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United States Court of Appeals FOR THE DISTRICT OF COLUMBIA CIRCUIT Argued January 8, 2021 Decided June 22, 2021 No. 20-5100 FOOD & WATER WATCH, APPELLANT v. UNITED STATES DEPARTMENT OF AGRICULTURE, ET AL., APPELLEES Appeal from the United States District Court for the District of Columbia (No. 1:17-cv-01714) Tarah Heinzen argued the cause and filed the briefs for appellant. Michael B. Buschbacher, Attorney, U.S. Department of Justice, argued the cause for appellees. With him on the brief were Jonathan D. Brightbill, Principal Deputy Assistant Attorney General, Eric A. Grant, Deputy Assistant Attorney General, Krystal-Rose Perez, Attorney, and Stephen Alexander Vaden, General Counsel, U.S. Department of Agriculture. 2 Before: GARLAND and RAO, Circuit Judges, and RANDOLPH, Senior Circuit Judge. Opinion for the Court filed by Circuit Judge RAO. Concurring opinion filed by Senior Circuit Judge RANDOLPH. RAO, Circuit Judge: The Department of Agriculture’s Farm Service Agency guaranteed a loan for a chicken farm in 2015. Two years later, Food & Water Watch brought suit against the Agency alleging that the environmental assessment made in connection with the loan guarantee was contrary to the requirements of the National Environmental Policy Act and therefore the assessment should be vacated and the loan guarantee enjoined. The district court granted summary judgment to the Agency, concluding Food & Water Watch had demonstrated standing, but the Agency reasonably determined no environmental impact statement was necessary. We hold that Food & Water Watch lacks standing because it has failed to establish that its claims are redressable by a favorable action of this court. We thus vacate and remand with instructions to dismiss the case for lack of jurisdiction. I. In order to purchase and construct One More Haul Farm (the “farm”), a prospective farmer sought several loans from MidAtlantic Farm Credit (the “lender”). The poultry farm would be built in Caroline County, Maryland, on a parcel of land located near Watts Creek and in the watershed for the Upper Choptank River, which discharges into the Chesapeake Then-Judge Garland was a member of the panel but did not participate at oral argument or in the disposition of this case. 3 Bay. To secure a loan for the farm’s poultry houses, the lender applied for a loan guarantee from the Farm Service Agency (“FSA” or “Agency”). Pursuant to the Guaranteed Farm Loan Program, the FSA may guarantee loans made to a farmer for specified purposes, including, as relevant here, farm ownership. See 7 C.F.R. § 762.121(b)(1)–(5) (2020). To be eligible for a loan guarantee, a prospective borrower must certify that he is “unable to obtain sufficient credit elsewhere without a guarantee to finance actual needs at reasonable rates and terms.” Id. § 762.120(h)(1). Although the FSA guarantees a part of the loan, the lender retains primary responsibility for “[e]nsuring the borrower is in compliance with all laws and regulations applicable to the loan, the collateral, and the operations of the farm.” Id. § 762.140(b)(3). In 2015, when the lender sought the loan guarantee on the farmer’s behalf, regulations interpreting the National Environmental Policy Act (“NEPA”) required the FSA to conduct an environmental assessment to consider the effects of the farm before granting the guarantee. See 7 C.F.R. § 1940.312(c)(9), (10) (2015);1 see also National When the FSA guaranteed this loan in 2015, the FSA’s regulations “presumed” that these types of loan guarantees were “major Federal actions” subject to NEPA requirements. 7 C.F.R. § 1940.312 (2015); see also id. § 1940.312(c)(9), (10). The Council on Environmental Quality, however, issued revised NEPA regulations, effective in September 2020, that explicitly exclude FSA loan guarantees from that definition. See Update to the Regulations Implementing the Procedural Provisions of the National Environmental Policy Act, 85 Fed. Reg. 43,304, 43,348–49 (July 16, 2020) (codified at 40 C.F.R. pt. 1508). Because we conclude that Food & Water Watch lacks standing, we do not reach the question of whether the revised NEPA regulations render this action moot. 1 4 Environmental Policy Act of 1969, Pub. L. No. 91-190, 83 Stat. 852 (codified at 42 U.S.C. §§ 4321 et seq.). As a threshold matter, the FSA had to determine whether the farm would “significantly affect[] the quality of the human environment.” 42 U.S.C. § 4332(2)(C). To make this determination, the Agency consulted with local, state, and federal agencies about the farm’s environmental effects. It published two drafts of the farm’s environmental assessment for public comment in April and May 2015, and before publishing the final environmental assessment it also considered the recommendations of a private environmental consulting firm hired to review the second draft’s analysis. Based on its environmental assessment, the FSA issued a “finding of no significant impact” rather than a more detailed environmental impact statement. See 7 C.F.R. § 1940.318(k) (2015); see also 42 U.S.C. § 4332(2)(C). The issuance of this finding relieved the Agency from any further NEPA obligations. See 7 C.F.R. § 1940.318(k) (2015). Accordingly, the Agency provided the loan guarantee in July 2015, covering ninety percent of the $1,217,000 loan. The farm has been up and running since Fall 2016 and consists of four chicken houses, a manure structure, and a composting area. It “houses 192,000 birds at one time,” with “an average of 5.6 flocks per year, producing more than 1,000,000 birds and their waste each year.” Compl. ¶ 46. Two years after the loan was approved, Food & Water Watch, a non-profit environmental group, filed a complaint against the Department of Agriculture, the FSA, and Deanna Dunning in her official capacity as an FSA farm loan officer. Food & Water Watch alleged that the Agency’s failure to prepare an environmental impact statement for the farm violated NEPA and the Administrative Procedure Act (“APA”). This failure purportedly injured the thousands of Food & Water Watch members who lived in Maryland, including one who lived next door to the farm and was 5 subjected to loud noises, bright lights, foul odors, and flies resulting from the farm’s operation. The farm’s impacts, Food & Water Watch alleged, caused this member to have health concerns and to experience decreased enjoyment of her home. Another member of Food & Water Watch who fishes in the waters near the farm asserted that he was concerned about pollution caused by the farm, as well as negative aesthetic and recreational impacts in his fishing areas. The Agency moved for judgment on the pleadings, contending that Food & Water Watch lacked standing. The district court held that Food & Water Watch had standing. The court first found that the asserted harms established an injury in fact because they concretely “affect[ed] the recreational and aesthetic interests of the plaintiff’s members.” Food & Water Watch v. U.S. Dep’t of Agric., 325 F. Supp. 3d 39, 54 (D.D.C. 2018). As for causation, the court found that the record established a loan for the farm would have been unlikely without the guarantee, “and no loan would mean no [farm].” Id. at 54–55. Finally, Food & Water Watch’s claims were redressable because vacatur of the “guarantee would put a substantial portion of the [farm’s] funding at risk,” and the farmer would likely comply with additional environmental conditions imposed on the guarantee to continue to receive its benefit. Id. at 55–56. Both parties moved for summary judgment. The district court rejected the Agency’s renewed objection to Food & Water Watch’s standing and then granted summary judgment to the Agency, holding that the environmental assessment satisfied the requirements of NEPA. See Food & Water Watch v. U.S. Dep’t of Agric., 451 F. Supp. 3d 11, 28, 54–55 (D.D.C. 2020). Food & Water Watch timely appealed. 6 II. This case begins and ends with standing, “an essential and unchanging part of the case-or-controversy requirement of Article III.” Lujan v. Defs. of Wildlife, 504 U.S. 555, 560 (1992). We review whether Food & Water Watch has standing de novo. See Affum v. United States, 566 F.3d 1150, 1158 (D.C. Cir. 2009). Food & Water Watch asserts that it has associational standing on behalf of its members. To establish such standing, Food & Water Watch bears the burden of demonstrating “(1) at least one of its members would have standing to sue in his own right; (2) the interest it seeks to protect is germane to its purpose; and (3) neither the claim asserted nor the relief requested requires the member to participate in the lawsuit.” Am. Trucking Ass’ns v. Fed. Motor Carrier Safety Admin., 724 F.3d 243, 246–47 (D.C. Cir. 2013) (cleaned up). At the summary judgment stage, Food & Water Watch “must set forth by affidavit or other evidence specific facts, which for purposes of the summary judgment motion will be taken to be true.” Lujan, 504 U.S. at 561 (cleaned up). Food & Water Watch fails at the first step of the associational standing inquiry. Even assuming Food & Water Watch could establish a member’s injury and could connect that injury to the loan guarantee, it has failed to establish redressability and therefore lacks associational standing. Food & Water Watch attempts to demonstrate redressability as follows. If the loan guarantee were vacated, the lender and farmer would again seek a loan guarantee from the Agency, because such a guarantee was necessary for the original loan. The Agency would then undertake a new NEPA analysis and could impose environmental measures on the farm as a condition of reinstating the guarantee. Food & Water Watch asserts that the farmer and the lender would have 7 “strong financial incentives” to agree to any additional environmental measures because they would need a new loan guarantee. Appellant’s Reply Br. 3. Although this case involves a procedural injury, namely the Agency’s failure to prepare an environmental impact statement, redressability turns not only on the actions of the Agency, but the independent actions of the farmer and lender in seeking a new loan guarantee. Food & Water Watch challenges the Agency’s loan guarantee; however, its members’ asserted injuries spring not from the guarantee but from what the guarantee helped accomplish—the farm’s construction and operation. To find redressability, we must therefore determine whether vacating the Agency’s loan guarantee would, as a practical matter, significantly increase the likelihood that Food & Water Watch’s members would be relieved of their asserted environmental harms. See Village of Bensenville v. FAA, 457 F.3d 52, 69–70 (D.C. Cir. 2006). In other words, we must decide whether vacating the guarantee is likely to change how the farm operates. The redressability inquiry therefore “hinge[s] on the independent choices of” third parties not before this court—the lender and the farmer. Ctr. for Law & Educ. v. Dep’t of Educ., 396 F.3d 1152, 1161 (D.C. Cir. 2005) (cleaned up). Accordingly, we apply the ordinary standards of redressability.2 2 Food & Water Watch maintains that a relaxed standard of redressability should apply here because the case concerns a procedural injury. This is true insofar as Food & Water Watch is not required to “‘establish with any certainty’ that the agency would reach a different decision” if we vacated the loan guarantee. St. John’s United Church of Christ v. FAA, 520 F.3d 460, 463 (D.C. Cir. 2008) (quoting Lujan, 504 U.S. at 572 n.7). The relaxation of redressability standards for procedural injuries, however, applies only to the Agency’s actions, not to third parties not before the court. 8 Considering the facts as they existed in 2017, we hold that Food & Water Watch has failed to establish that it is “likely, as opposed to merely speculative,” that vacatur of the loan guarantee would redress its members’ alleged injuries. Lujan, 504 U.S. at 561 (emphasis added) (cleaned up). The real question of redressability here is not whether the Agency could or would impose new environmental measures as a condition of the loan guarantee. Rather, it is whether the lender or the farmer would even seek to have the loan guaranteed if the original guarantee were set aside. Food & Water Watch speculates the farmer would likely agree to additional environmental measures as a condition of a new loan guarantee. Yet that puts the cart before the horse. Food & Water Watch bears the burden of demonstrating standing but has provided no evidence that the lender or the farmer would apply for a new loan guarantee. That is, Food & Water Watch has established neither that the lender would foreclose on the loan in the absence of the guarantee, nor that the farmer would be unable to secure sufficient credit elsewhere without the guarantee. In 2015, the lender was willing to issue the $1.2 million dollar loan only with the FSA’s guarantee, because at the time the farmer did not meet its lending standards. Standing, however, must be “assessed as of See id. Food & Water Watch argues that the third parties here are not truly independent “actors making ‘unfettered choices’” because the farmer and the lender “are bound with [the Agency] through the guarantee.” Appellant’s Reply Br. 8 (quoting Lujan, 504 U.S. at 562) (emphasis omitted). Yet Food & Water Watch simultaneously recognizes that vacatur of the loan guarantee would “restart the environmental assessment and loan guarantee process.” Id. at 11. Thus, the farmer and the lender are independent actors “with respect to the action at issue in [this] particular case”—whether to seek a new loan guarantee upon vacatur. Bennett v. Donovan, 703 F.3d 582, 588 (D.C. Cir. 2013) (emphasis in original). 9 the time a suit commences,” and so we consider the circumstances as they existed in 2017, when Food & Water Watch filed suit, not as they existed in 2015, when FSA guaranteed the loan. Del Monte Fresh Produce Co. v. United States, 570 F.3d 316, 324 (D.C. Cir. 2009).3 The record here is devoid of evidence regarding the farmer’s 2017 creditworthiness or financial situation, and we can only guess how the lender or the farmer would react to a vacatur of the loan guarantee. Moreover, what evidence we have at least suggests that the farmer’s financial situation was potentially different in 2017, because she had been running a fully operational poultry farm for almost one year. The farmer had contracts for her chickens and had improved the farm with four poultry houses and a manure shed. The record indicates she had the ability to access other agricultural revenue streams, such as sales of manure. She also had a payment history of more than two years against the loan, with no suggestion of default. Nothing in the record permits us to conclude that the 3 The Agency frames the jurisdictional defect in light of the farmer’s financial situation at the time of the appeal. Such an argument “is more aptly framed in terms of mootness, which focuses on whether events subsequent to the filing of the complaint have so transpired that the decision will neither presently affect the parties’ rights nor have a more-than-speculative chance of affecting them in the future.” N. Am. Butterfly Ass’n v. Wolf, 977 F.3d 1244, 1258 (D.C. Cir. 2020) (cleaned up). Both mootness and standing pertain to whether there is a proper case or controversy before the court. See U.S. CONST. art III, § 2; see also Arizonans for Off. Eng. v. Arizona, 520 U.S. 43, 68 n.22 (1997) (describing mootness as “the doctrine of standing set in a time frame: The requisite personal interest that must exist at the commencement of the litigation (standing) must continue throughout its existence (mootness).”) (cleaned up). Our analysis focuses on standing because we conclude Food & Water Watch failed to establish jurisdiction at the outset of the litigation. 10 lender, who required a loan guarantee in 2015, would have made the same assessment in 2017. Instead of providing evidence of how the lender or the farmer would react to the vacatur at the time of filing, Food & Water Watch merely emphasizes that without the loan guarantee, there would have been no farm. Yet that consideration goes to causation, because it speaks to whether Food & Water Watch’s alleged injury was caused by the alleged procedural failure of the Agency. While causation and redressability are sometimes linked, “[c]ausation remains inherently historical; redressability quintessentially predictive.” Freedom Republicans, Inc. v. FEC, 13 F.3d 412, 418 (D.C. Cir. 1994). As we have explained, “[t]here might be some circumstances in which governmental action is a substantial contributing factor in bringing about a specific harm, but the undoing of the governmental action will not undo the harm, because the new status quo is held in place by other forces.” Renal Physicians Ass’n v. U.S. Dep’t of Health & Human Servs., 489 F.3d 1267, 1278 (D.C. Cir. 2007). That is, a government action may have caused a harm that a favorable judicial decision cannot redress due to a change in circumstances. In this case, the Agency’s loan guarantee might have been a “substantial contributing factor” to the farm’s initial construction and operation, but a new status quo arguably existed when Food & Water Watch filed suit. Id. The change in the farm’s financial situation means that causation cannot determine redressability. Finally, the lack of any evidence about what the lender or the farmer would do if the court vacated the loan guarantee distinguishes this case from Bennett v. Donovan, in which there was “no serious doubt as to how the lenders would respond” to an agency’s action. 703 F.3d 582, 589 (D.C. Cir. 2013). Bennett has no application to this case where there is an apparently stable business relationship between the lender and 11 the farmer, and therefore serious doubt whether they would seek a new loan guarantee upon vacatur of their original one. When significant uncertainty persists about whether judicial resolution will redress an alleged harm, we cannot string together assumptions to justify our jurisdiction. Food & Water Watch has failed to demonstrate redressability. Absent specific evidence in the record, we decline to assume that the same financial pressures that motivated the farmer and the lender to seek the loan guarantee in 2015 would motivate an application for a new loan guarantee, which might then trigger further environmental requirements. Mere conjecture that a third party’s conduct “will be altered or affected by the agency activity they seek to overturn” will not suffice. St. John’s United Church of Christ, 520 F.3d at 463 (cleaned up). Food & Water Watch has assumed what it must demonstrate and therefore has failed to connect the vacatur of the Agency’s loan guarantee with any likely change to the farm’s operation. *** Because Food & Water Watch has not established standing, we vacate the district court’s decision and remand with instructions to dismiss the case for lack of jurisdiction. So ordered. RANDOLPH, Senior Circuit Judge, concurring, Although I entirely agree with the court’s opinion, I write to flag an issue lurking in this appeal, an issue the parties neglected to address and one that may recur. Then-Judge Kavanaugh stated for our court: “whether an executive or independent agency has statutory authority from Congress to issue a particular regulation” is a separation of powers question “that arises again and again in this Court[.]” Mexichem Fluor, Inc. v. EPA, 866 F.3d 451, 453 (D.C. Cir. 2017). The related problem presented in this case was not whether a particular “administrative agency” had Congressional authority to issue some “particular regulation.” The problem instead was whether the Council on Environmental Quality — CEQ — had Congressional authority to issue any regulations. Our case revolved around CEQ’s “new regulations.” CEQ is not an independent agency. It is part of the Executive Office of the President, created for the purpose of advising the President on environmental matters. See 42 U.S.C. §§ 4342, 4344(1). No statute grants CEQ the authority to issue binding regulations. See City of Alexandria v. Slater, 198 F.3d 862, 866 n.3 (D.C. Cir. 1999); see generally Scott C. Whitney, The Role of the President’s Council on Environmental Quality in the 1990's and Beyond, 6 J. Env’t L. & Litig. 81 (1991). Instead, CEQ’s recent “regulations,” 85 Fed. Reg. 43,304, 43,307 (July 16, 2020), identify its authority to issue regulations as Executive Order No. 11,991, 42 Fed. Reg. 26,967 (May 24, 1977).1 1 Executive Order No. 11,991 amended Executive Order No. 11,514, 35 Fed. Reg. 4,247 (Mar. 5, 1970), to direct CEQ to “[i]ssue regulations to Federal agencies for the implementation of the procedural provisions of the [National Environmental Policy] Act.” 2 As a supposed federal “agency” issuing regulations binding on other federal agencies, it is rather unique. Unique because in judicial review cases it appears only on the sidelines. While the Supreme Court has accorded some of CEQ’s regulations “substantial deference,” Andrus v. Sierra Club, 442 U.S. 347, 358 (1979), it has never addressed the question of CEQ’s regulatory authority.2 In this court we have questioned whether CEQ could issue binding regulations. Nevada v. Dep’t of Energy, 457 F.3d 78, 87 n.5 (D.C. Cir. 2006); TOMAC v. Norton, 433 F.3d 852, 861 (D.C. Cir. 2006); Slater, 198 F.3d at 866 n.3. Perhaps CEQ’s regulations represent a directive from the President to his subordinates. But that is a far cry from saying, as the regulations do, that CEQ could supplant properly issued regulations of other agencies. See 40 C.F.R. § 1507.3(a) (“Where existing agency NEPA procedures are inconsistent with the regulations in this subchapter, the regulations in this subchapter shall apply . . ..”). If CEQ’s regulations are binding, several concerns would need to be addressed. What, if any, mechanism is there for judicial review of CEQ’s regulations? Do CEQ’s regulations bind executive and independent agencies alike? Can the President override the requirement (and safeguard) of noticeand-comment rulemaking? And can other executive offices assert this authority as well? “[W]here there is so much smoke, there must be a fair amount of fire, and we would do well to analyze the causes[.]” Henry J. Friendly, A Look at the Federal Administrative Agencies, 60 Colum. L. Rev. 429, 432 (1960). Nevertheless, 2 The Solicitor General informed the Court in Kleppe v. Sierra Club that CEQ’s “guidelines do not bind agencies of the Executive branch . . ..” Brief for the Petitioners at 31 n.24, Kleppe v. Sierra Club, 427 U.S. 390 (1976) (Nos. 75-552 & 75-561). 3 since we decide this case on standing grounds, these questions and related ones cannot be answered now.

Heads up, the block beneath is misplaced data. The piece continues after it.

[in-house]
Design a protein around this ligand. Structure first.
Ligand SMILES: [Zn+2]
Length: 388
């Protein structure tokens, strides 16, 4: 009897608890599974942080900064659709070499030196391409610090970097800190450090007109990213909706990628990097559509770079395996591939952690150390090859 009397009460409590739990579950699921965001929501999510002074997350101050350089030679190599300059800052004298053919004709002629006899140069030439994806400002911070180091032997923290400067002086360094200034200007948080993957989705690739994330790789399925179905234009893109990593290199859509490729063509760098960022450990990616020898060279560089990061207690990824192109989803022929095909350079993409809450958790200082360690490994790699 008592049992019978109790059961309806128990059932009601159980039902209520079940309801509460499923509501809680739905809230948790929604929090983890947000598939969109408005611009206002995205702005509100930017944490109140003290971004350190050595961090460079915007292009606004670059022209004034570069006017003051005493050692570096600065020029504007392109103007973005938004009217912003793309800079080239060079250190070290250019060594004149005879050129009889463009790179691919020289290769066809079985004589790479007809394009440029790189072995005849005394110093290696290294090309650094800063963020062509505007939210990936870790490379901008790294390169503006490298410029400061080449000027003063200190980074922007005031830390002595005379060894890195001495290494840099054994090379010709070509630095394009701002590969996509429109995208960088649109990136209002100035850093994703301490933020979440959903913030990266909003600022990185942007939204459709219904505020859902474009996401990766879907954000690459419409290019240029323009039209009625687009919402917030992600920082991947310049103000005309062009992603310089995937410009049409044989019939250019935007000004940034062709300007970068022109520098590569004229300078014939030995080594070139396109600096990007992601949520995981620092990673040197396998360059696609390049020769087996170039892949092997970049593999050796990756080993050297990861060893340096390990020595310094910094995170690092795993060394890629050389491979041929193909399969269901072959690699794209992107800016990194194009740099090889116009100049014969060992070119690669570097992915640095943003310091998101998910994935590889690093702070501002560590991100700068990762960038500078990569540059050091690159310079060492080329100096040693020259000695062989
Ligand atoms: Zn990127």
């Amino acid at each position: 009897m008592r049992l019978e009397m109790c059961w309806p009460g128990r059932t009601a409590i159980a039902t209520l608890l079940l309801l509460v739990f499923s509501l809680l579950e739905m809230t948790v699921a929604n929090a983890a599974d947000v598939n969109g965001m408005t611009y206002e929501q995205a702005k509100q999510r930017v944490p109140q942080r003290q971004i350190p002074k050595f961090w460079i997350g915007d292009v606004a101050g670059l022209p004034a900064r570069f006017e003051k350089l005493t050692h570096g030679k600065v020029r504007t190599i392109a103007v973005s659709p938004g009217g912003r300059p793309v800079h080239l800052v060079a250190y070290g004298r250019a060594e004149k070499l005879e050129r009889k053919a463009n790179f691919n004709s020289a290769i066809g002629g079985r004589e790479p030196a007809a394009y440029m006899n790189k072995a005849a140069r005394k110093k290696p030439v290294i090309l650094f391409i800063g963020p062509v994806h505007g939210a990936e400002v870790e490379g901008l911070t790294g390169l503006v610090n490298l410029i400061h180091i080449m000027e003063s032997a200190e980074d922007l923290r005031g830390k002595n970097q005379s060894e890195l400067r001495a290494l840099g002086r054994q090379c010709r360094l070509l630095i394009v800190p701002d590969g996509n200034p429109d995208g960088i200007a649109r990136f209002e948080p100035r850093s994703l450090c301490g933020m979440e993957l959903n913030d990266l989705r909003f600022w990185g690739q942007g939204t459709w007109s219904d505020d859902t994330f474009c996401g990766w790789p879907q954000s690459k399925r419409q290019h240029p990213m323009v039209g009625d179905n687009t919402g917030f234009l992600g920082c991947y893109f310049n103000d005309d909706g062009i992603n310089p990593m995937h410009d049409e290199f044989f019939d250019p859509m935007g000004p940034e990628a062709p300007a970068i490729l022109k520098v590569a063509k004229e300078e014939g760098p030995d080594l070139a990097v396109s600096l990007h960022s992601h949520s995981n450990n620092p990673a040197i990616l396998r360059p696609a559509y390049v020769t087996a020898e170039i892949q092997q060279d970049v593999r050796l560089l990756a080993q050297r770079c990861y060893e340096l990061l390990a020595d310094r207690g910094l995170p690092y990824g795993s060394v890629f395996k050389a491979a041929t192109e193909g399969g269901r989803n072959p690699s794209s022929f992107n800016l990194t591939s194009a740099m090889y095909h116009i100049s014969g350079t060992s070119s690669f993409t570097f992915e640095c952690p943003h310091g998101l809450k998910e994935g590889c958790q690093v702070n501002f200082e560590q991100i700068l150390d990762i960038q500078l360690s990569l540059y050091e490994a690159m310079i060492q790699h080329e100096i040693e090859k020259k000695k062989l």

Primary Holding

D.C. Circuit dismisses, for failure to establish a redressable injury, an environmental group's suit challenging a Farm Service Agency loan guarantee, allegedly issued in violation of the National Environmental Policy Act.